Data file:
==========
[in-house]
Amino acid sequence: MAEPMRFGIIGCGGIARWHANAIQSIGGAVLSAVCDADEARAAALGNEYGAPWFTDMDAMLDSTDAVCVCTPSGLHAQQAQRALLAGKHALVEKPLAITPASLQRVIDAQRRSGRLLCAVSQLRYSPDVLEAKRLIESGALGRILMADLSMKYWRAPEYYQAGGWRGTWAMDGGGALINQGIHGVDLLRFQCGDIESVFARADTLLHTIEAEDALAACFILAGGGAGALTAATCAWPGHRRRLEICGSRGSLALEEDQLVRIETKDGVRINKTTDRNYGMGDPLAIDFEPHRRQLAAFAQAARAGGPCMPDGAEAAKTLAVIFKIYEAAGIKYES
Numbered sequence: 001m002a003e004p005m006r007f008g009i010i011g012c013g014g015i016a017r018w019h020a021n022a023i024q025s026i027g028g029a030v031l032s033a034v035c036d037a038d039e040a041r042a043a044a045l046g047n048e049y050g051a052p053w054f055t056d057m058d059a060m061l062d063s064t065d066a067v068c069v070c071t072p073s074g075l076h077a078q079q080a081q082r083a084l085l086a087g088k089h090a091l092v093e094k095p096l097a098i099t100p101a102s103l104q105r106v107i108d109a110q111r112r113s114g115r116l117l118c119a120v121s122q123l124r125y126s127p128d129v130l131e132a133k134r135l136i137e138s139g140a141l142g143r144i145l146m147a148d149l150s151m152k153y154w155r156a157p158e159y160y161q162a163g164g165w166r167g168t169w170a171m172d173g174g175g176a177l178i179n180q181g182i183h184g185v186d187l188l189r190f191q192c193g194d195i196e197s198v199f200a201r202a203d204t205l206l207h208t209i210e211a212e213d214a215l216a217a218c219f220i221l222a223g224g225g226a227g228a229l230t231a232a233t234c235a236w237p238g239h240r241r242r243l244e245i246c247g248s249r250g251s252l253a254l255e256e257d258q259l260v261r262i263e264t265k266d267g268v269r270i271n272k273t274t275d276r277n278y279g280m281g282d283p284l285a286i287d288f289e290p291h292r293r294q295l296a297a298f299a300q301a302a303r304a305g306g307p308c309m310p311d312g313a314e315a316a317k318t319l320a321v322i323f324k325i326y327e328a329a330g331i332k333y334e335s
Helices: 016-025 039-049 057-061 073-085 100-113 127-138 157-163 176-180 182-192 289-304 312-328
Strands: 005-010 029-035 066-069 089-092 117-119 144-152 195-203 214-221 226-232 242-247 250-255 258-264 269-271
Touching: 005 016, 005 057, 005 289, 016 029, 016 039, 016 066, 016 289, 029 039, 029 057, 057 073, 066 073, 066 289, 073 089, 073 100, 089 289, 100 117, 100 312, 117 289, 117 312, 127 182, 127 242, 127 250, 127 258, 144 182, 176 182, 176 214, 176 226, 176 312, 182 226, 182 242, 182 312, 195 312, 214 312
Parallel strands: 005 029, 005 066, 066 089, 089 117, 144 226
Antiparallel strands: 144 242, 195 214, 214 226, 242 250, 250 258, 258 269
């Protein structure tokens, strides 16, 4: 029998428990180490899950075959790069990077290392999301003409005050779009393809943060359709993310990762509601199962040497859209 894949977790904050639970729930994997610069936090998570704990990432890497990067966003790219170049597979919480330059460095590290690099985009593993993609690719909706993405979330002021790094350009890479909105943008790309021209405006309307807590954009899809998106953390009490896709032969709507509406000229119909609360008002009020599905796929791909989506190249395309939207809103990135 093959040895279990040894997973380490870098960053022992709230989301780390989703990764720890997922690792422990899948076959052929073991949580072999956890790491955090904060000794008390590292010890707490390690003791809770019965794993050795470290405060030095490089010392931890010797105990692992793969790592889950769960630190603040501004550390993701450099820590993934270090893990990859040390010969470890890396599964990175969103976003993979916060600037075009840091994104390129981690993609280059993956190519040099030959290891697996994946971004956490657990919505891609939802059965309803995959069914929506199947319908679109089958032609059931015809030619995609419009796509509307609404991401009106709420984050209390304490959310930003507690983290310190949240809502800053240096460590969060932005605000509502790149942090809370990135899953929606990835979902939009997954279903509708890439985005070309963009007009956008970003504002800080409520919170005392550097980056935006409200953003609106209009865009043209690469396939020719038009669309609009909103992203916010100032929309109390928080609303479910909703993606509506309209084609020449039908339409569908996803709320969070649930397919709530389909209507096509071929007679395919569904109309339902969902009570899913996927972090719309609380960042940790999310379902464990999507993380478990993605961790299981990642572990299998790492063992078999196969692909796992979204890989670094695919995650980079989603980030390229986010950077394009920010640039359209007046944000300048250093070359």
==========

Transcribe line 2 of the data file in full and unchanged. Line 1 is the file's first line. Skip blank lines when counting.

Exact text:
Amino acid sequence: MAEPMRFGIIGCGGIARWHANAIQSIGGAVLSAVCDADEARAAALGNEYGAPWFTDMDAMLDSTDAVCVCTPSGLHAQQAQRALLAGKHALVEKPLAITPASLQRVIDAQRRSGRLLCAVSQLRYSPDVLEAKRLIESGALGRILMADLSMKYWRAPEYYQAGGWRGTWAMDGGGALINQGIHGVDLLRFQCGDIESVFARADTLLHTIEAEDALAACFILAGGGAGALTAATCAWPGHRRRLEICGSRGSLALEEDQLVRIETKDGVRINKTTDRNYGMGDPLAIDFEPHRRQLAAFAQAARAGGPCMPDGAEAAKTLAVIFKIYEAAGIKYES